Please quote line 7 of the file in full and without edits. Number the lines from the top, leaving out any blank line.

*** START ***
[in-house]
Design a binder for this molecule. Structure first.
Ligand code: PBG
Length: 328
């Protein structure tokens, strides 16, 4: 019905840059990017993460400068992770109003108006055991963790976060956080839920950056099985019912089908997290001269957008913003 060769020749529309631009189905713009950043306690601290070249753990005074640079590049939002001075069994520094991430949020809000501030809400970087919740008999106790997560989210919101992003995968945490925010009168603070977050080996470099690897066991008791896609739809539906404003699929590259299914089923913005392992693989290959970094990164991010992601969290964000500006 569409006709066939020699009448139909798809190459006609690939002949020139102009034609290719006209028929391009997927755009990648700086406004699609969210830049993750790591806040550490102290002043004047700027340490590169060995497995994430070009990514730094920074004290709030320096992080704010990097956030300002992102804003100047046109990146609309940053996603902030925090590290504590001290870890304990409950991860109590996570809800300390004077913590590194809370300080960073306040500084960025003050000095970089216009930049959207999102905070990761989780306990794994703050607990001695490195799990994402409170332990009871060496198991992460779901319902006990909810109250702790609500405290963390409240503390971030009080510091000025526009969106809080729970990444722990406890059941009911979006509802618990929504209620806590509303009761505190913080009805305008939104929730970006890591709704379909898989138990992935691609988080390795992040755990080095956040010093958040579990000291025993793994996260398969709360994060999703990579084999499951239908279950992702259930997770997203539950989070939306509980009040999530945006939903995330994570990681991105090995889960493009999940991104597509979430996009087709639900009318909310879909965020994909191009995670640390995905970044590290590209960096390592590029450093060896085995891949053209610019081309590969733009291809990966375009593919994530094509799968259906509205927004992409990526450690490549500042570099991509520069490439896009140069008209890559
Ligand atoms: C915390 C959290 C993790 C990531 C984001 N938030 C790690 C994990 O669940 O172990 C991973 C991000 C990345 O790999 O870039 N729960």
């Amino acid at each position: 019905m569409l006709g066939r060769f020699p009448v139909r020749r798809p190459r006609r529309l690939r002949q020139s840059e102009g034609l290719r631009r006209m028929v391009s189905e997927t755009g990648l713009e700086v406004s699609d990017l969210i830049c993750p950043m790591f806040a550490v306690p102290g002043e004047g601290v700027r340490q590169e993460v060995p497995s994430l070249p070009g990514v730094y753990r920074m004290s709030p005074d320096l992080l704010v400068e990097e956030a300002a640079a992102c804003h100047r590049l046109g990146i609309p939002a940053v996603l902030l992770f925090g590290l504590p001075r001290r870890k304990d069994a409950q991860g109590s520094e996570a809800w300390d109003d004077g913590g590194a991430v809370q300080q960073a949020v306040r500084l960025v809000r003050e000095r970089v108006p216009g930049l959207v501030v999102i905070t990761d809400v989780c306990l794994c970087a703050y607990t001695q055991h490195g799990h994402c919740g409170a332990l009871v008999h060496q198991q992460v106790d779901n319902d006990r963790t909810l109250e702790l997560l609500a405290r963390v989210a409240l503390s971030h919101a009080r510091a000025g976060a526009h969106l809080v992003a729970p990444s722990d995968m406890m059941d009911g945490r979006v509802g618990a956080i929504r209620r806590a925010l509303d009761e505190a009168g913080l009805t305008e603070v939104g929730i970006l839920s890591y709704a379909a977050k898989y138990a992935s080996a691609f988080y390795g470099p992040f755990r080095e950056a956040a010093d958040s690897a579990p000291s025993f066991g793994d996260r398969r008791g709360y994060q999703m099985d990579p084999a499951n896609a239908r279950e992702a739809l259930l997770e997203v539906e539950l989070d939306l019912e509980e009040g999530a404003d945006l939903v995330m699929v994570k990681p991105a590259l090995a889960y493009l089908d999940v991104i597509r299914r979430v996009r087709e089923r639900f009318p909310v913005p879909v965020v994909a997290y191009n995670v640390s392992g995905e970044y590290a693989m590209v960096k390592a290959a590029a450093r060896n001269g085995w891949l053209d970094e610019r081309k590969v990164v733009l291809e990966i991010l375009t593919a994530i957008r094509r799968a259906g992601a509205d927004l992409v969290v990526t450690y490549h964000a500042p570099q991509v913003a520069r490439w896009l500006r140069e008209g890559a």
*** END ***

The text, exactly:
């Amino acid at each position: 019905m569409l006709g066939r060769f020699p009448v139909r020749r798809p190459r006609r529309l690939r002949q020139s840059e102009g034609l290719r631009r006209m028929v391009s189905e997927t755009g990648l713009e700086v406004s699609d990017l969210i830049c993750p950043m790591f806040a550490v306690p102290g002043e004047g601290v700027r340490q590169e993460v060995p497995s994430l070249p070009g990514v730094y753990r920074m004290s709030p005074d320096l992080l704010v400068e990097e956030a300002a640079a992102c804003h100047r590049l046109g990146i609309p939002a940053v996603l902030l992770f925090g590290l504590p001075r001290r870890k304990d069994a409950q991860g109590s520094e996570a809800w300390d109003d004077g913590g590194a991430v809370q300080q960073a949020v306040r500084l960025v809000r003050e000095r970089v108006p216009g930049l959207v501030v999102i905070t990761d809400v989780c306990l794994c970087a703050y607990t001695q055991h490195g799990h994402c919740g409170a332990l009871v008999h060496q198991q992460v106790d779901n319902d006990r963790t909810l109250e702790l997560l609500a405290r963390v989210a409240l503390s971030h919101a009080r510091a000025g976060a526009h969106l809080v992003a729970p990444s722990d995968m406890m059941d009911g945490r979006v509802g618990a956080i929504r209620r806590a925010l509303d009761e505190a009168g913080l009805t305008e603070v939104g929730i970006l839920s890591y709704a379909a977050k898989y138990a992935s080996a691609f988080y390795g470099p992040f755990r080095e950056a956040a010093d958040s690897a579990p000291s025993f066991g793994d996260r398969r008791g709360y994060q999703m099985d990579p084999a499951n896609a239908r279950e992702a739809l259930l997770e997203v539906e539950l989070d939306l019912e509980e009040g999530a404003d945006l939903v995330m699929v994570k990681p991105a590259l090995a889960y493009l089908d999940v991104i597509r299914r979430v996009r087709e089923r639900f009318p909310v913005p879909v965020v994909a997290y191009n995670v640390s392992g995905e970044y590290a693989m590209v960096k390592a290959a590029a450093r060896n001269g085995w891949l053209d970094e610019r081309k590969v990164v733009l291809e990966i991010l375009t593919a994530i957008r094509r799968a259906g992601a509205d927004l992409v969290v990526t450690y490549h964000a500042p570099q991509v913003a520069r490439w896009l500006r140069e008209g890559a």